By: Jessica Rizzo
As a high school senior, a majority of my time from September to February was spent working on college applications and countless college essays. With the SAT and most of my college visits behind me, I began my senior year hoping that I would get into most of the schools I was applying to and hoping that I could rely on my academics and extracurriculars to yield me some heavy university scholarships. Now with May 1
around the corner, which is the day most colleges require prospective students to submit their deposit to retain their spot at a university, I can say that I am disappointed by the outrageous costs of most out-of-state schools and their lack of academic scholarships.
According to Forbes.com, between 1989 and 2016, “the cost for a four-year degree doubled, even after inflation.” This assessment was based on the average cost of all four-year institutions, including public and private universities, which was $26,120 per year in 2016 or $104,480 for all four years. Forbes writes that “the comparable cost for the same four-year degree in 1989 was $26,902 ($52,582 adjusted for inflation).” These costs of attending college are only increasing. Most private universities are now costing over $70,000 per year (including room and board), which the average middle class family cannot afford without any sort of financial aid or scholarship.
For example, New York University, or NYU, is one of the most well-known and competitive private schools in the nation. According to NYU’s official website, the tuition and mandatory fees at the school are $53,310. While this number might already seem alarmingly high, once you factor in the cost of room and board, books and supplies, personal expenses, and indirect expenses, the universities estimated total cost is $76,614 per year, which amounts to over $300,000 over the course of four years. Let’s say your parents have saved $30,000 per year to pay for your college education. That would mean you have to take $45,000 out in student loans each year, which comes out to $180,000 in student loans for your undergraduate education alone. What if you want to pursue graduate school? Or medical school? You will already be $180,000 in debt and will likely have to take out hundreds of thousands of dollars more in student loans to pursue a graduate level education. So is attending the best undergraduate university really worth it if you can attend a different college and get a similar undergraduate education for half the price?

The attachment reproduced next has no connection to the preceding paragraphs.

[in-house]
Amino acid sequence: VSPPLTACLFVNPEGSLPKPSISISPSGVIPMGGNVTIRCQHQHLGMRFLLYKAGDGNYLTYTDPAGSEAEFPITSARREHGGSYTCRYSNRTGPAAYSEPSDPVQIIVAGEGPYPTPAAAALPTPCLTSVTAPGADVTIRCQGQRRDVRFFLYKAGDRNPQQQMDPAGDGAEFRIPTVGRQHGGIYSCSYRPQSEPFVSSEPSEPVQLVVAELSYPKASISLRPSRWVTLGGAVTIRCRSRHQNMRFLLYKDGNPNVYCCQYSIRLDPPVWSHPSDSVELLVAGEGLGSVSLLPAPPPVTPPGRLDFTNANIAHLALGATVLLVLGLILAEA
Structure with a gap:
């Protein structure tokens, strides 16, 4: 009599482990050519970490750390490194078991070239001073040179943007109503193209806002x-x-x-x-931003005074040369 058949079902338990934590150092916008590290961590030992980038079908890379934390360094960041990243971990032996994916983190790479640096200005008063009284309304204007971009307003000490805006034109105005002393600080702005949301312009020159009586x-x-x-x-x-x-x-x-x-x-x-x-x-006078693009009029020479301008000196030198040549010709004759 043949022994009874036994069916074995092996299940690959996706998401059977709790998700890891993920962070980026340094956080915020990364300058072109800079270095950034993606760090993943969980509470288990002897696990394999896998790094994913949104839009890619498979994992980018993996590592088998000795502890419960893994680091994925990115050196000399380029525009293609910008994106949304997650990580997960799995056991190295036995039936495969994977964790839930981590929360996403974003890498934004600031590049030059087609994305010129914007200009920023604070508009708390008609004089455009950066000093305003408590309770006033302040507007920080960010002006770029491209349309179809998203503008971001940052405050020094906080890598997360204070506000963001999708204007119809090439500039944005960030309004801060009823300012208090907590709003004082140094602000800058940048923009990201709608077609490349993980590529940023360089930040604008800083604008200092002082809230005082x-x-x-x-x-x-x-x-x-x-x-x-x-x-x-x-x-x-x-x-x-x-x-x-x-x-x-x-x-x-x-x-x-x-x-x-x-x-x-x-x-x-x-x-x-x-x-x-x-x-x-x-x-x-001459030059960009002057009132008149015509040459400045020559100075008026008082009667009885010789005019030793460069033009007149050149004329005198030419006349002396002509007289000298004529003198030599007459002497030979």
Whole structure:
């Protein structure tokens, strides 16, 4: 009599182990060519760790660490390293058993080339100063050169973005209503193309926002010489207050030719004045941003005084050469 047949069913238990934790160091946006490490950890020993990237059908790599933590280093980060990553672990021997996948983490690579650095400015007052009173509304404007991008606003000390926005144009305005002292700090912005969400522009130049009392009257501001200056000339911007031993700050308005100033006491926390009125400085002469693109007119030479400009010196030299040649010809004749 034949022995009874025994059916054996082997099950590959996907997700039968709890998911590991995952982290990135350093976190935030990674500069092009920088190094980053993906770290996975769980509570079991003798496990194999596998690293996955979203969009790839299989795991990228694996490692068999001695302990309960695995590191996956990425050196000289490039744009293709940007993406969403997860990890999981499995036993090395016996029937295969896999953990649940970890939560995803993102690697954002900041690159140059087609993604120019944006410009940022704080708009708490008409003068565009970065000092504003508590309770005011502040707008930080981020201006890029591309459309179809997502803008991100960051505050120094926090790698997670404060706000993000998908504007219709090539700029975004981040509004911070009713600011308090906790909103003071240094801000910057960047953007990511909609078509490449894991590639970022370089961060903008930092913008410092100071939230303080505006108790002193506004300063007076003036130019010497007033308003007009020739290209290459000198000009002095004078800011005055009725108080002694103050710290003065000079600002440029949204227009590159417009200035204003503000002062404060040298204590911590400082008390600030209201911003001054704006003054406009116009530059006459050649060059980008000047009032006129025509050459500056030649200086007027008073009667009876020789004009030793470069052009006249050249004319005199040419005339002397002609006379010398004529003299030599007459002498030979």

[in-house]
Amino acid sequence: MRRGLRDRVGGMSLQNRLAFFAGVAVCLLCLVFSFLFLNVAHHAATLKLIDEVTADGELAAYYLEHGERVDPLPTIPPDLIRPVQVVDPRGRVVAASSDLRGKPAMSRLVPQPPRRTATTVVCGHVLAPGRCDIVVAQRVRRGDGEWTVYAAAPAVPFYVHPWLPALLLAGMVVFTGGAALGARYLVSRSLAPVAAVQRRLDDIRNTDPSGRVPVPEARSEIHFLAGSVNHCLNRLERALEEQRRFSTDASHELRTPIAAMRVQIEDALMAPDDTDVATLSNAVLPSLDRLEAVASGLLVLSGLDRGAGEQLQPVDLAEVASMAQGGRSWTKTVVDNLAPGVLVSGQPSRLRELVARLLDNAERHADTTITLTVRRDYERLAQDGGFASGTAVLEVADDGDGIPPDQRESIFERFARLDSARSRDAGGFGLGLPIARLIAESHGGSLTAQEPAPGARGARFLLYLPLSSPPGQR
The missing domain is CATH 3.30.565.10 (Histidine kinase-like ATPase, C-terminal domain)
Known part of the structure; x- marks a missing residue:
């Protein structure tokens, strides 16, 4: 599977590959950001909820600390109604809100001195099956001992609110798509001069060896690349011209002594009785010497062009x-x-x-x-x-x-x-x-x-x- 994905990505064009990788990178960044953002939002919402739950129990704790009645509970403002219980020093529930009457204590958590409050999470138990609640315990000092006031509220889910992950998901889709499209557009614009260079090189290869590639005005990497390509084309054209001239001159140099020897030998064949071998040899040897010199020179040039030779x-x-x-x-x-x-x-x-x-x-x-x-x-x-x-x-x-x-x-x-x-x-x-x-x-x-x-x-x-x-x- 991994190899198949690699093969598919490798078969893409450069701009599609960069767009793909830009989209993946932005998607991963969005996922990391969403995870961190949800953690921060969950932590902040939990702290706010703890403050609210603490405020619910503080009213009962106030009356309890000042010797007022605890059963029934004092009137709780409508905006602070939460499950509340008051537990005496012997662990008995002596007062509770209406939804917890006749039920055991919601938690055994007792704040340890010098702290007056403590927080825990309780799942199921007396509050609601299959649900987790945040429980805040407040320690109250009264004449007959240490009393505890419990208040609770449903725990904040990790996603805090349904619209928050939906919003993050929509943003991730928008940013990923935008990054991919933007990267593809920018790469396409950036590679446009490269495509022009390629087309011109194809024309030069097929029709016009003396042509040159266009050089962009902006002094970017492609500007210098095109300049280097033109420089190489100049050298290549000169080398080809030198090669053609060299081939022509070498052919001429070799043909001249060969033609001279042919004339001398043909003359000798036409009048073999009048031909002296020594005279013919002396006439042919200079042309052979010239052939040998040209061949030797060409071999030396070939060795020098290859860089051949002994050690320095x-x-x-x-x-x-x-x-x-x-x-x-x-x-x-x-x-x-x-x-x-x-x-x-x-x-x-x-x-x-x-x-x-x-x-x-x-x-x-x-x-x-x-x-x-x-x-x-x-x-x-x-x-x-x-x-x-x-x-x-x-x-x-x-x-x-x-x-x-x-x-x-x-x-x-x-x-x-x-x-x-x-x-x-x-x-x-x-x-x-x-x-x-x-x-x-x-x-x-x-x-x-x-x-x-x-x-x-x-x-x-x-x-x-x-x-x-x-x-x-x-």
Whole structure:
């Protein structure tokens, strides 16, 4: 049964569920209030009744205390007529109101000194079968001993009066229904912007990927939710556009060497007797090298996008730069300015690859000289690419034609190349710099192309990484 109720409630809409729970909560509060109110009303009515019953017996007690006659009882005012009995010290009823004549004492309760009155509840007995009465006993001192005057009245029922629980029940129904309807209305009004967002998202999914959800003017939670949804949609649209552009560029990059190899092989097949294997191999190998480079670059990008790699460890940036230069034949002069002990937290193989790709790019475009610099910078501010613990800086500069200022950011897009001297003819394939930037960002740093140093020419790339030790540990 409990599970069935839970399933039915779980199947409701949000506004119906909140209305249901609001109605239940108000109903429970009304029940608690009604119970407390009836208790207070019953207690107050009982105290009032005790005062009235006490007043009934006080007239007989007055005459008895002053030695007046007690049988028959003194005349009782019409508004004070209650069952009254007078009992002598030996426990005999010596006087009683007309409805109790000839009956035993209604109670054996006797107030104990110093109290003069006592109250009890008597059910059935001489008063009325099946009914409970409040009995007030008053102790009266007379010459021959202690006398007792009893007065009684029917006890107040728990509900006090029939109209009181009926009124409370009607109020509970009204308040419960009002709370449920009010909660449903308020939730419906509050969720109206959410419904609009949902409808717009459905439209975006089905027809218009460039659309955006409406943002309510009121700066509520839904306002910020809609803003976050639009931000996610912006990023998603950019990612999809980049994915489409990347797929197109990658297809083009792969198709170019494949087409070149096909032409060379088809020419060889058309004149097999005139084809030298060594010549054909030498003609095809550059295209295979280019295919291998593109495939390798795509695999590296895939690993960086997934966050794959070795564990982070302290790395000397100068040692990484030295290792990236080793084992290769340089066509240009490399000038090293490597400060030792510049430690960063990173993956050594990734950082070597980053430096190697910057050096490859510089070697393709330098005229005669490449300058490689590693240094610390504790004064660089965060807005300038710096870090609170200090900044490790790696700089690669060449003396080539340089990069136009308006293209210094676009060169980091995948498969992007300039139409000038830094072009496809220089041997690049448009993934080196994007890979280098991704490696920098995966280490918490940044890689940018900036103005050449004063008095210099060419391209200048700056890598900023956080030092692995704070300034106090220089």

When I was applying to college, I focused on the university itself and the education it could provide me more than the cost of attending the college. When I received multiple
acceptance letters from competitive universities I was over the moon, but as soon as I received my financial aid information from these schools only offering me a $5,500 loan from the government each year which I would have to pay back, I was upset. Sure, I did receive some scholarship money, but a $10,000 grant per year does not make a huge difference at a school that costs over $70,000 a year.
In light of the recent college scandals that have come over the news, it almost seems that college is a scam. If you aren’t wealthy, you are extremely limited in the colleges you can afford to attend without taking out a significant amount of money out in student loans. How is it fair that if you are wealthy enough to bribe a college you can automatically get into whatever school you want, even if you are not academically deserving? I have spent the last four years working extremely hard at JCHS, from leading a plethora of extracurriculars to maintaining a high GPA, but I cannot go to my dream school because my family isn’t eligible for financial aid and we are not wealthy enough to bribe the admissions officers (not that I ever would actually do that). As a result, I have to settle for a college that is not one of my top choices just so I can minimize my undergraduate debt.
My advice for any student preparing to apply to college next year is to apply to your dream school, but also apply to several in-state schools and a few financially “safe” schools, even if you don’t like them and could never see yourself attending those schools. If you carefully consider your financial options, you just might find that your financial “safe” school will be your home for the next four years.